LISBON/MADRID (Reuters) - Greece’s surprise call for a referendum on austerity measures has been a particularly harsh slap for Portugal and Spain, where diligent belt-tightening once again has been undermined by factors beyond their control.
Greek Prime Minister George Papandreou blindsided his own political party and European leaders by calling on Monday for a plebiscite on a 130 billion euro ($177.8 billion) bailout package that imposes painful conditions for shrinking public spending. Papandreou faced a grilling from the leaders of Germany and France at crisis talks later on Wednesday.
The renewed uncertainty had an immediate contagion effect in Iberia.
Spain’s borrowing costs soared on Tuesday to their highest levels since record highs in August, when they were also hit by Greece after word that it would need a second bailout.
In Portugal, seen as the next weakest link in the European Union after Greece, short-term borrowing costs hit a euro lifetime record in an auction on Wednesday, with analysts blaming the Greek referendum plan.
“Greece just keeps hurting us. We are also paying the bill for the state of things in Greece,” said Antonio Coelho, 49, a shoe shop owner in downtown Lisbon.
“Papandreou is trying to flee from his responsibilities, hide his behind from the syringe, so to speak. We risk being dragged along if Greece goes bust and leaves the euro,” he said.
Foreign Minister Paulo Portas has said the government is worried by Greece’s move as it stirs uncertainty, but that Portugal, by contrast, wants to show that it is stable and committed to meeting its own bailout goals.
The center-right coalition government took over last June backed by a solid majority in the Lisbon parliament. It has announced tax increases and spending cuts beyond those agreed under the 78-billion euro EU/IMF bailout to guarantee that its budget deficit targets are met at any cost.
“The European Union must immediately avoid contagion and put in practice the agreed-on (rescue plan for Greece),” said Diego Lopez Garrido, the Spanish Secretary of State for the EU, calling a popular vote in Greece a mistaken approach.
Spain has applied preventive spending cuts to avoid being forced into a rescue package like Greece, Ireland and Portugal, and has maintained fiscal discipline even as the jobless rate hit 15-year highs and the economy has stagnated.
Spain’s commitment to economic reforms has been solid enough that the euro zone’s No. 4 economy has a lower risk premium on its debt than Italy, whose bonds and bank shares were ravaged this week due to concerns over shaky political resolve.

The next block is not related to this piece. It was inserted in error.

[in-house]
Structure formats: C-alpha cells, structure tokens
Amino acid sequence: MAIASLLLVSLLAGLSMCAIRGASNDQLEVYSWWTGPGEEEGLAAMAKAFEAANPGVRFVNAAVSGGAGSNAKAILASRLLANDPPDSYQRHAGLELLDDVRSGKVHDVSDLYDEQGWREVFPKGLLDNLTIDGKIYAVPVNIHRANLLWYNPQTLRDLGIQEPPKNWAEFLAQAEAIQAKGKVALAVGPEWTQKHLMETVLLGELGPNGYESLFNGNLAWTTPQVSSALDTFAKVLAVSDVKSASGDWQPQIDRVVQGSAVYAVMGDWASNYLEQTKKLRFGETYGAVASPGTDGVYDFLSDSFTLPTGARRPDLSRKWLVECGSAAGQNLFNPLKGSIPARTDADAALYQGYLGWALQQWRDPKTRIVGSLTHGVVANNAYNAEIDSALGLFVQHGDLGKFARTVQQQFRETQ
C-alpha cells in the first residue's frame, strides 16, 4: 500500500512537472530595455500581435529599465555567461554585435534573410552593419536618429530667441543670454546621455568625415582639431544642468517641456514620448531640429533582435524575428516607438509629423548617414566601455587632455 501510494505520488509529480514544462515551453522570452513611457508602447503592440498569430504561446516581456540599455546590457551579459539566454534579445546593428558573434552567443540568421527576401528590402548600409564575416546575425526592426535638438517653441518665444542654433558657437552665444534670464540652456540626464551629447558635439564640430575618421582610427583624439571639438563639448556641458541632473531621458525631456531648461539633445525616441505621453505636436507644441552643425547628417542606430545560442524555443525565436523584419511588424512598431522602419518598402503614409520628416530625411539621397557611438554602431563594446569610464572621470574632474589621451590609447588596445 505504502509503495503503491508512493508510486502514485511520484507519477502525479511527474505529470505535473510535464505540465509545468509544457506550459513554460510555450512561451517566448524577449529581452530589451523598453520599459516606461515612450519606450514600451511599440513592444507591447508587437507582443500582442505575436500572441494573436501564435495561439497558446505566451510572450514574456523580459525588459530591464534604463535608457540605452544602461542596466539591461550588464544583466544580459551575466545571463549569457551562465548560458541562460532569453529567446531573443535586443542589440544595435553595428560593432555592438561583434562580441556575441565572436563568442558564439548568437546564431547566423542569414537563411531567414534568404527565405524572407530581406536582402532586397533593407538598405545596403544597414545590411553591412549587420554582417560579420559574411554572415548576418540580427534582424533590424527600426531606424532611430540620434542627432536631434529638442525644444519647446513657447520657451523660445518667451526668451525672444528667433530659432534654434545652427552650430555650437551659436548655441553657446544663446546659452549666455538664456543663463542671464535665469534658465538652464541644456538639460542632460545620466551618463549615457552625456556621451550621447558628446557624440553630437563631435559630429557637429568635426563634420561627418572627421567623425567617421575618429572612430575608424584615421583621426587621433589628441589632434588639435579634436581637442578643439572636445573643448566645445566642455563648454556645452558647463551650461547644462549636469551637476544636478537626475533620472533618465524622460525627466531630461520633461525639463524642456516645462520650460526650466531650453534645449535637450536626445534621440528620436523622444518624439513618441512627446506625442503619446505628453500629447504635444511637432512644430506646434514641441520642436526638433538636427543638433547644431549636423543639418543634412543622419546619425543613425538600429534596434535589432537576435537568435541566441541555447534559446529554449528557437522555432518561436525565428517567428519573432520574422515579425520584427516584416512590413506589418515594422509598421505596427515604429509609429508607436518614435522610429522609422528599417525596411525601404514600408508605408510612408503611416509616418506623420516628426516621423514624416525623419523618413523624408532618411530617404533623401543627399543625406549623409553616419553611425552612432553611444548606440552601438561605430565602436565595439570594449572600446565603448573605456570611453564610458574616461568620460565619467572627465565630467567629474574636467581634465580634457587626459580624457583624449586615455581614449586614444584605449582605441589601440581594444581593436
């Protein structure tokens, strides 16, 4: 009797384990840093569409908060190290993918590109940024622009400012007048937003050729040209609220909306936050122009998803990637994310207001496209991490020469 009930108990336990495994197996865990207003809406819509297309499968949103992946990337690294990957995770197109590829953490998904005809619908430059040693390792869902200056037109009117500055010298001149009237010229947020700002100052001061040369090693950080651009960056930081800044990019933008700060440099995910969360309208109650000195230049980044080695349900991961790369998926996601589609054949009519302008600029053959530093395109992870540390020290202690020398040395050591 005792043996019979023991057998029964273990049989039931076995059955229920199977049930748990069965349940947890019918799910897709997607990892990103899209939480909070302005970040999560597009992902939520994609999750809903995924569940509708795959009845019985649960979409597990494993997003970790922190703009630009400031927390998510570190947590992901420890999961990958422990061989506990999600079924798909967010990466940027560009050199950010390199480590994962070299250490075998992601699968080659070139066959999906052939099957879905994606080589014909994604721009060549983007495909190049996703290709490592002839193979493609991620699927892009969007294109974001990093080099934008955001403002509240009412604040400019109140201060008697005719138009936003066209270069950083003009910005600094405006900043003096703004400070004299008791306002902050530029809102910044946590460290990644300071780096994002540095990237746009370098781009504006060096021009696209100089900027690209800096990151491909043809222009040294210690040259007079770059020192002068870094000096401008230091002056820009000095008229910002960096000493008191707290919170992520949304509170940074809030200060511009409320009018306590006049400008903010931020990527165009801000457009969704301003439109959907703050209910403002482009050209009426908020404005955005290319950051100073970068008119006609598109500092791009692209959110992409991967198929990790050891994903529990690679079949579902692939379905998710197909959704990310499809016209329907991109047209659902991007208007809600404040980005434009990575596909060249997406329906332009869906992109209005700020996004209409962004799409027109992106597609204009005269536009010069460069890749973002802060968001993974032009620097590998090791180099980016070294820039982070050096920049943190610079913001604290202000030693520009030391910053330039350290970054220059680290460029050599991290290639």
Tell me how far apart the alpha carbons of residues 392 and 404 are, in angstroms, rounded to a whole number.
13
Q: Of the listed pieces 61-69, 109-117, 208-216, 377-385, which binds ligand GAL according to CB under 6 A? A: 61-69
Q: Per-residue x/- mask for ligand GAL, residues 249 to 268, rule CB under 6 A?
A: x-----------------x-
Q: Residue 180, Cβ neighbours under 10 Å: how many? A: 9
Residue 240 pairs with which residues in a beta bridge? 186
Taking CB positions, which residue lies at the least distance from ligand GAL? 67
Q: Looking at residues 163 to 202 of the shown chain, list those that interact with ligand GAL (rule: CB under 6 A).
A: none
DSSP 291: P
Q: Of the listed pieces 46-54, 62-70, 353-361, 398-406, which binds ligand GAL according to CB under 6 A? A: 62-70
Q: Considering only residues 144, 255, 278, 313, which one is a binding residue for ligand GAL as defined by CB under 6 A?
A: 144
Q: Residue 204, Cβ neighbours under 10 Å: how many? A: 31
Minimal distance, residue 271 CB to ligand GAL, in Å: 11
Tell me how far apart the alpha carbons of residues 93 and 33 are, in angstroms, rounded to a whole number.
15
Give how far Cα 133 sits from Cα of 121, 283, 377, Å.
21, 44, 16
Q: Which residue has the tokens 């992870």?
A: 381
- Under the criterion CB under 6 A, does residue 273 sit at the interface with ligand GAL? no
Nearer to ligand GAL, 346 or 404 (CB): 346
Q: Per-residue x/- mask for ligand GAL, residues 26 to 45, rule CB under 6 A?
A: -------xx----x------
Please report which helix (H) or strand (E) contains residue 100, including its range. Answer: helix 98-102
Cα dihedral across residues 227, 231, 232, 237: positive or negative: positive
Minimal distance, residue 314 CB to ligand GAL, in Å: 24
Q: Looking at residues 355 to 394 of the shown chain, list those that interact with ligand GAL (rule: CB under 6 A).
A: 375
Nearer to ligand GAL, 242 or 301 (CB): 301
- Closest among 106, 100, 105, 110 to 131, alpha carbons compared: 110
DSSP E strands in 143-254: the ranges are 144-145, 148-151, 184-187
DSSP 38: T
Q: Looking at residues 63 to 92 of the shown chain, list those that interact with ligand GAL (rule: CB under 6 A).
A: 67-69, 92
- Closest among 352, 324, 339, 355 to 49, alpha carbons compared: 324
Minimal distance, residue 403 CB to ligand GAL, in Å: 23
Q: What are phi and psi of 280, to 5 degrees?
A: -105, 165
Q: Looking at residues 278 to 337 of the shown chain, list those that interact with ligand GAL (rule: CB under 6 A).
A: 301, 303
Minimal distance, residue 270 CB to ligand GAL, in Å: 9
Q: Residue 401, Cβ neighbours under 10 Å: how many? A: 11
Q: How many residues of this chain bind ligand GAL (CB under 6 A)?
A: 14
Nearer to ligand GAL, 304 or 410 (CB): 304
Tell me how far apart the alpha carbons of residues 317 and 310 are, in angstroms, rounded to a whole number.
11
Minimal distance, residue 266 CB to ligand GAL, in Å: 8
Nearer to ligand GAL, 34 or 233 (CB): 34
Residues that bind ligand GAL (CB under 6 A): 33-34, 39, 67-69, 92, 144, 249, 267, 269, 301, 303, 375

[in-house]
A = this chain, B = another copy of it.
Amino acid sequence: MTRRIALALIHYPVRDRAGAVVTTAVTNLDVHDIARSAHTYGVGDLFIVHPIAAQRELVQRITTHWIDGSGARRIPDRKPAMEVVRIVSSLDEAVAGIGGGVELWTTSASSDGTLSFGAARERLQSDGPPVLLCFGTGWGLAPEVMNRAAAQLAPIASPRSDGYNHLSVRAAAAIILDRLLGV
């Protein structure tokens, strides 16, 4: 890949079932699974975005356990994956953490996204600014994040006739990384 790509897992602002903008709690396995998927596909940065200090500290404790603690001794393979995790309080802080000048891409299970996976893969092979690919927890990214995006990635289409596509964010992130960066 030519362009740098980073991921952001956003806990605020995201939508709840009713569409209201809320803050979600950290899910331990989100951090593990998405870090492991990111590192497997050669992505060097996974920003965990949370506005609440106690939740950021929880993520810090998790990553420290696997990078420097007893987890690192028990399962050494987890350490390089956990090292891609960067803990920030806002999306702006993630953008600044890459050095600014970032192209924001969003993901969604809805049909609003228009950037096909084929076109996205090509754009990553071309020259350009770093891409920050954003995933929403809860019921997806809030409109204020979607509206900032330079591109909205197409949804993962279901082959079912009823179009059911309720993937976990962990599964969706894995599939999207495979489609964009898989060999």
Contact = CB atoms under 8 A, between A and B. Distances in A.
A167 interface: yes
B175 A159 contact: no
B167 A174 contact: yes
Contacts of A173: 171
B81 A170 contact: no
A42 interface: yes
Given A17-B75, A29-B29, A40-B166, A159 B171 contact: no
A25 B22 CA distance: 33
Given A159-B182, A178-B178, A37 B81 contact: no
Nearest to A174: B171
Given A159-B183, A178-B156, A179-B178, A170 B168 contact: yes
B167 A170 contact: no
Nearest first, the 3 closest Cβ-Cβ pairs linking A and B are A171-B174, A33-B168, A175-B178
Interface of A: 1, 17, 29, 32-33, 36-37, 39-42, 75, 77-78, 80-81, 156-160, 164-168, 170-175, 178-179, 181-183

Even though many investors expect Spain to miss its ambitious target to cut its public deficit to 6 percent of economic output this year, most expect cuts to deepen after an imminent change in government.
Spain’s center-right People’s Party (PP) is poised to win the November 20 parliamentary election by a wide margin, kicking out the Socialists who have been in power eight years and are widely blamed by voters for the country’s economic woes.
The PP has been cagey about details of its economic agenda, that the likely next prime minister, Mariano Rajoy, has pledged to meet ambitious deficit reduction goals in 2012 despite expected slippage this year, a situation that implies drastic spending cuts since he proposes some tax cuts for companies.
“We needed to make the reforms anyway, so it was good for us. Now we’ll just have to wait to see the result of the referendum,” said Pedro Schwartz, economics professor at San Pablo University in Madrid. “There will be more reforms to come in any case after the general election.”
While there have been protests against austerity in Spain and Portugal, they have not been intense enough to derail commitment to spending cuts or to cause political turmoil.
In Greece, however, Papandreou’s party has seen defections as mass protests turned violent and strikes paralyzed many business sectors.
A Greek meltdown could render useless all of the painful austerity and political sacrifices on the Iberian peninsula.
“The damage inflicted on Europe is impossible to repair,” said an editorial in Spain’s main business paper, Expansion, on Wednesday.
Spanish officials have long wrung their hands in private over the contagion effect from Greece.
“We did our job, we removed imbalances from the economy. But contagion can be stronger than measures,” a high-level Spanish official told Reuters recently. ($1 = 0.731 Euros)
Additional reporting by Sonya Dowsett, Andrei Khalip and Tomas Gonzalez; Editing by Paul Day and Mark Heinrich